What’s it about? The last thing Natsu Iwashimizu remembers is going to sleep in her own bed, but she’s just woken up on a sinking ship in the middle of a storm. She and three others take a raft to land, only to land on what appears to be a deserted island. Natsu is shy and clumsy, and has no survival skills whatsoever. Meanwhile, another group of youths find themselves battling giant insects in search of fresh water. Where are they, and how can they get home?
Content Warning: Discussion of rape threats/sexual menace.
I want 7 SEEDS to be good so badly that I can almost taste it. The manga is everything I want to see more adaptations of: a long-running, award-winning, character-driven science-fiction josei manga by Yumi Tamura, artist of my beloved Basara. If there were any justice in the world, it would be a prestige production. And yet, it’s being adapted by Gonzo (strike one) for Netflix (strike two) by a director best known for Dog & Scissors (strike three).
I haven’t actually read the manga – it’s not commercially available in English – so I went in with little idea of what to expect other than my experience with Tamura’s other works. Basara was a revelation to me in high school as a female-centric, well-crafted epic with a huge, varied cast. Based on my limited knowledge and the first episode alone, 7 SEEDS looks like it will offer many of the same things that made me fall in love with that series.
Natsu looks to be the heroine, but it’s hard to say, since the episode switches between two groups. Regardless, there’s already a lot of promise for a great varied female cast. Natsu is fearful and lacks confidence, but not in a cute way – in fact, one of her teammates, Semimaru, complains about her not acting cute when she falls. Another young woman on her team, Botan, is tough but almost too harsh. Meanwhile, the other team focuses on Hana, who appears to be bright and resourceful. Already, that’s three female characters with strong personalities who fall well outside stereotypes.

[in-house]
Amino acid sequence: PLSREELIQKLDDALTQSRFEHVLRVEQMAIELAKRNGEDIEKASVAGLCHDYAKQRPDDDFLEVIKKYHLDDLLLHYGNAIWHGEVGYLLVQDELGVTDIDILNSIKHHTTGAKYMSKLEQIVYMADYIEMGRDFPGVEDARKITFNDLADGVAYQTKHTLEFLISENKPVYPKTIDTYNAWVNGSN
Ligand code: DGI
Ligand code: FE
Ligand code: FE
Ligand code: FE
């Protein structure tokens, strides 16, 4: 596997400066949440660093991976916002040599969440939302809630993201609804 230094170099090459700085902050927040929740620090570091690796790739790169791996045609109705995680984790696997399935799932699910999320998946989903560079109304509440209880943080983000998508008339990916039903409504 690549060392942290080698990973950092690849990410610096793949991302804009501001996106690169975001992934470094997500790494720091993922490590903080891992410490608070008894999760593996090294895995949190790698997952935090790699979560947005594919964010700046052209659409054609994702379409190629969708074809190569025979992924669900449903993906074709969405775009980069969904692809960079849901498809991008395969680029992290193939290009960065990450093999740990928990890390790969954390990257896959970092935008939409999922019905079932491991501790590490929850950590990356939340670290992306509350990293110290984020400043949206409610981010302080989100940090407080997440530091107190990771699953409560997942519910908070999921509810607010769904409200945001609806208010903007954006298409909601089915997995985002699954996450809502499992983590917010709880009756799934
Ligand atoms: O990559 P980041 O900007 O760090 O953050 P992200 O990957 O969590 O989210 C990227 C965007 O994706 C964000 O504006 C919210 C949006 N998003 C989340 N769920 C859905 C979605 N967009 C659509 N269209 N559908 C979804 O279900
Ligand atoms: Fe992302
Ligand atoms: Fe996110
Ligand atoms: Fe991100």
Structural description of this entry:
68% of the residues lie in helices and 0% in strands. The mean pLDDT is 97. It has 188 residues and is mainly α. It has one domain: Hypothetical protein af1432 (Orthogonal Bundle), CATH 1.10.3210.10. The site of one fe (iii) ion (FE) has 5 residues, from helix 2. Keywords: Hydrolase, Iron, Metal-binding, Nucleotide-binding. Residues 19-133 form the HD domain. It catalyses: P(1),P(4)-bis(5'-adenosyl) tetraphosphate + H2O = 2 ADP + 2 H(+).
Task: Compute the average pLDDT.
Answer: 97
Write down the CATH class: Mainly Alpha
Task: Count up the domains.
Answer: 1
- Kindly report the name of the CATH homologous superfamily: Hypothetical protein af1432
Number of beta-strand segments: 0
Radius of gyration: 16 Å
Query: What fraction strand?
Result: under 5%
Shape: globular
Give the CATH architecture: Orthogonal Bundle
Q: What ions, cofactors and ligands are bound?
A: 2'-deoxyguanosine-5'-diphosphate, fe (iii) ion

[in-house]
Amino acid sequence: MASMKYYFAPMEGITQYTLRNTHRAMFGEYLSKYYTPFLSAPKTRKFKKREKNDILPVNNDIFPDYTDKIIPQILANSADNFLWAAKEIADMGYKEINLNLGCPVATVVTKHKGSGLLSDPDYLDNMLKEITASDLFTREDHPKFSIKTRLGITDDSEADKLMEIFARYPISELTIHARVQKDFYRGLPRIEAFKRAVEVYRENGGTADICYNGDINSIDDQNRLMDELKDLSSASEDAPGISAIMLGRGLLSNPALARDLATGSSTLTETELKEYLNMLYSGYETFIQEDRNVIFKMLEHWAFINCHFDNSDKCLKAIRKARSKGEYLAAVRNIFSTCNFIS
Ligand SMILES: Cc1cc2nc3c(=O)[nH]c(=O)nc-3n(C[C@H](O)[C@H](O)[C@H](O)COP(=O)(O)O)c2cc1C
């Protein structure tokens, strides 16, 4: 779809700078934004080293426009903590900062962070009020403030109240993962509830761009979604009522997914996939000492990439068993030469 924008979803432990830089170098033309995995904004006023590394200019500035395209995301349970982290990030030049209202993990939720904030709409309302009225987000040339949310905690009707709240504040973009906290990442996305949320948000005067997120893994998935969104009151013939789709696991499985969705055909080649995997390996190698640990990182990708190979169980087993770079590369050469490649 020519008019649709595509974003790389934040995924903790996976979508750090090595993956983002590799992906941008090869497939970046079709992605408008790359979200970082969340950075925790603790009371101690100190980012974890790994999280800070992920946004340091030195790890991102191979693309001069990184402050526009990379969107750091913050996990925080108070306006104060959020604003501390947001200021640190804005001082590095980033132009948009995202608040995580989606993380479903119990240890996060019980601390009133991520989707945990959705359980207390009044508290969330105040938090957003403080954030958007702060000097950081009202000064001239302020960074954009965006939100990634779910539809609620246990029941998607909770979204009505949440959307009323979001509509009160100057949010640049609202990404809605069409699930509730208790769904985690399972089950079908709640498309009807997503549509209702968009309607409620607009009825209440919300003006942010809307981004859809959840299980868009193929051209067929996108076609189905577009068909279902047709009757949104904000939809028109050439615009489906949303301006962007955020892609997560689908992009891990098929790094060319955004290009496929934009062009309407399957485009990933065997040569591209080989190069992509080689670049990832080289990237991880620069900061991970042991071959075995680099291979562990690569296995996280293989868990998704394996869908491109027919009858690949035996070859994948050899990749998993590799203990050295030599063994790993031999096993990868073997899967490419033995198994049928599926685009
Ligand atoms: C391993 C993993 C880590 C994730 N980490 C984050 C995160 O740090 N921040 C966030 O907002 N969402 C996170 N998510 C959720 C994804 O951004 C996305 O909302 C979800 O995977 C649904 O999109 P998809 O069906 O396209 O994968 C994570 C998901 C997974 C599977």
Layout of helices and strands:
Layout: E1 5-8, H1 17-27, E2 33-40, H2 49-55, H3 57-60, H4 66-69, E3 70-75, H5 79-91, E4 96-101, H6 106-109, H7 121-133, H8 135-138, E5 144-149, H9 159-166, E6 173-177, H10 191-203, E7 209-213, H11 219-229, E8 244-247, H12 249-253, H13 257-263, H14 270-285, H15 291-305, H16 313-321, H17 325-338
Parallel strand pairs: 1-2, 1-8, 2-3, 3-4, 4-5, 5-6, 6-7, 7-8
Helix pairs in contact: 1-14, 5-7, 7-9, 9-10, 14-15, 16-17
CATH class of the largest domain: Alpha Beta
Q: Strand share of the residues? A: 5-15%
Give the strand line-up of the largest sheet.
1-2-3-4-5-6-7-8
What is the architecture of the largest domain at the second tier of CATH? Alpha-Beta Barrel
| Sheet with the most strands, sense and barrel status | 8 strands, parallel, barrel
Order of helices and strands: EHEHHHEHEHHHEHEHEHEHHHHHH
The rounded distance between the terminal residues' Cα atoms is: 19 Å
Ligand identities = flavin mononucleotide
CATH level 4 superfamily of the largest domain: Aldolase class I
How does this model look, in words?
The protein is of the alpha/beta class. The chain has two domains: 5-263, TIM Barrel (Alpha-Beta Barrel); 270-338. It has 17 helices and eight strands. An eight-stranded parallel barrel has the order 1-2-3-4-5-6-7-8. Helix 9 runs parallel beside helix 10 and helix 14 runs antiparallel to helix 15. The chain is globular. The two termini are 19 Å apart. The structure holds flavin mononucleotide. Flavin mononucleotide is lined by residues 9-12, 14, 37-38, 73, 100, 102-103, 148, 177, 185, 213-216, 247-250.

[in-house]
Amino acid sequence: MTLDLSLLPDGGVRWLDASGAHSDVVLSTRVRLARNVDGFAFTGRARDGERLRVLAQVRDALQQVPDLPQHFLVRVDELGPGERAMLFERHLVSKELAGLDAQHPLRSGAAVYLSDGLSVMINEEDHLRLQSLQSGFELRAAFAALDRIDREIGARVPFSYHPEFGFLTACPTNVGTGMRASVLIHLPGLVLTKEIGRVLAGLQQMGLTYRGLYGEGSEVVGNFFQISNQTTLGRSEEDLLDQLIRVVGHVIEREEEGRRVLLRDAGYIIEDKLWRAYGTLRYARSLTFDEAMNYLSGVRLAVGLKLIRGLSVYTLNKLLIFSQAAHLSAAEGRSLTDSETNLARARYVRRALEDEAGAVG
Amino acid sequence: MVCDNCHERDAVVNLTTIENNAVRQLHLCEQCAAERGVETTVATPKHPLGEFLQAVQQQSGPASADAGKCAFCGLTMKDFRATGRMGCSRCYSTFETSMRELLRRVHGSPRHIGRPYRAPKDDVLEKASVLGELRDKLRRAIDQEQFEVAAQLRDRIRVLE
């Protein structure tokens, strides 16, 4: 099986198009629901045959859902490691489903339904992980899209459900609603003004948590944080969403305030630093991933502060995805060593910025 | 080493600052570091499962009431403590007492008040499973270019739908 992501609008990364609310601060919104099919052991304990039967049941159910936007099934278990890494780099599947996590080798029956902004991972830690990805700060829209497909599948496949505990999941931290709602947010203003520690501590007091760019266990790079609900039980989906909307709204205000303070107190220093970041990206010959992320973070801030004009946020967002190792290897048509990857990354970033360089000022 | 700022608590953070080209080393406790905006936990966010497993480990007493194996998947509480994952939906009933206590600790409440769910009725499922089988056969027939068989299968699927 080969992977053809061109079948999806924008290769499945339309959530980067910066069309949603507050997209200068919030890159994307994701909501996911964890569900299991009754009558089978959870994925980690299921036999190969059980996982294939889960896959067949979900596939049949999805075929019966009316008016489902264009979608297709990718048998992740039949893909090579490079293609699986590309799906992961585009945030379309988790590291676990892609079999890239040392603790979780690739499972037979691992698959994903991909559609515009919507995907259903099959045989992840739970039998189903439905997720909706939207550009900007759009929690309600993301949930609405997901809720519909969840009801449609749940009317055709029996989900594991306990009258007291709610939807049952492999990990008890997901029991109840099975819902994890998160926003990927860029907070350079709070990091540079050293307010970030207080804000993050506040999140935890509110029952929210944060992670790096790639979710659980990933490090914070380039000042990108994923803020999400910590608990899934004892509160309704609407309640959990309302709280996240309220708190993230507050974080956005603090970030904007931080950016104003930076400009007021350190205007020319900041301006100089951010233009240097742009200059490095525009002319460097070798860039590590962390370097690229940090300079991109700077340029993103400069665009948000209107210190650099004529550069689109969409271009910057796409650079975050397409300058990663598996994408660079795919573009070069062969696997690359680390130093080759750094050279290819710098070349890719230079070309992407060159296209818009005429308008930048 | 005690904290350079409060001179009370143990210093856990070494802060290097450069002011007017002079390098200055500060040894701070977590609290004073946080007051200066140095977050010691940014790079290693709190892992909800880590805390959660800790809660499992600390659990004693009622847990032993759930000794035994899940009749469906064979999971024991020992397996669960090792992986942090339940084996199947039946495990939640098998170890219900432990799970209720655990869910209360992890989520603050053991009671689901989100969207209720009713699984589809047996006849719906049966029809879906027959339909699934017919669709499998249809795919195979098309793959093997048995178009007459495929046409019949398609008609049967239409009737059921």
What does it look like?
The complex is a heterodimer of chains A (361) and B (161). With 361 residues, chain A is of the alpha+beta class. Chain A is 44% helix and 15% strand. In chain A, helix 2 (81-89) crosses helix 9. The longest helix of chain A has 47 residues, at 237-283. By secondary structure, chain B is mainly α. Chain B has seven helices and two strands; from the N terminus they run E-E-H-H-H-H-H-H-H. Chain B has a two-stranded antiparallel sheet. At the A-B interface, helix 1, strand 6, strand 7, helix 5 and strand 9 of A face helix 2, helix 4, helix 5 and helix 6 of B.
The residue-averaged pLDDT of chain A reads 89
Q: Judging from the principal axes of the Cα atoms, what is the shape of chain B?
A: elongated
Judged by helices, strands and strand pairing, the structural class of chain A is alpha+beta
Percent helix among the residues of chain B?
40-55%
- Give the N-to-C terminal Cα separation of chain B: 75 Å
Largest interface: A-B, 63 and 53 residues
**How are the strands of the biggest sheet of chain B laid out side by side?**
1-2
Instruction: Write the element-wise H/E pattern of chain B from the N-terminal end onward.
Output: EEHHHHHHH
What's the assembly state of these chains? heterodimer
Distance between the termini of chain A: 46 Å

This is promising, because unfortunately a lot of anime based around characters trying to survive, such as High School of the Dead, do tend to indulge in stereotypical female behavior. After all, just like Semimaru points out, it’s rife with opportunities for them to squeal cutely, or trip and fall and show off their panties, or get their clothes ripped off. Not that I expected to see that here… but it’s always nice to see media buck unpleasant norms.
The male characters so far come across the same way – on Natsu’s team, Arashi is kind and helpful, while Semimaru is a total shitbag. On Hana’s side, Yanagi is arrogant and violent. In stories with such large casts – and 7 SEEDS infamously has several dozen major characters, even if they have yet to appear – it’s essential that they make a strong impression quickly. And they certainly do! Unfortunately, the characters who made the strongest impressions on me immediately were Semimaru and Yanagi, both of whom I would like to die violently partly because they’re both would-be rapists.
Yes, 7 SEEDS does use the dreaded “sexual menace,” not once but twice in one episode. It’s not ideal, but at the same time, it’s not as bad as it could be. It’s not played up for fan service, and it’s properly represented as being more about power and domination than just sex.
The strength of Tamura’s writing shines through, thankfully, because visually this anime is an absolute mess. It’s not the worst thing to come out on Netflix this weekend – there’s always Forest of Piano part two – but it’s still startlingly ugly considering the release was delayed for two months. There’s some pretty good affective use of color, and the lush greens of the world certainly pop, but man that animation. It’s poorly drawn, often off-model, and often poorly-composited. Nothing has any real sense of weight, which is pretty necessary when characters are falling off overhangs or battling giant praying mantes. Also, it’s weirdly blurry at times, which makes me fear just how bad those shots would look without the blur.
In a just world, 7 SEEDS would have been a prestige release from a top anime studio, released on a platform that encourages community discussion. But it wasn’t. It’s a poorly animated ONA from Gonzo, released under Netflix’s interminable bingewatch model.
But… I think it’s still worth watching. Tamura may have deserved better, but this is certainly better than nothing, and even with the piss-poor animation and direction, I’m excited to see how things unfold. And, if this doesn’t get enough viewers, I may never get to… so please! Watch 7 SEEDS! For the sake of fantasy josei fans everywhere!
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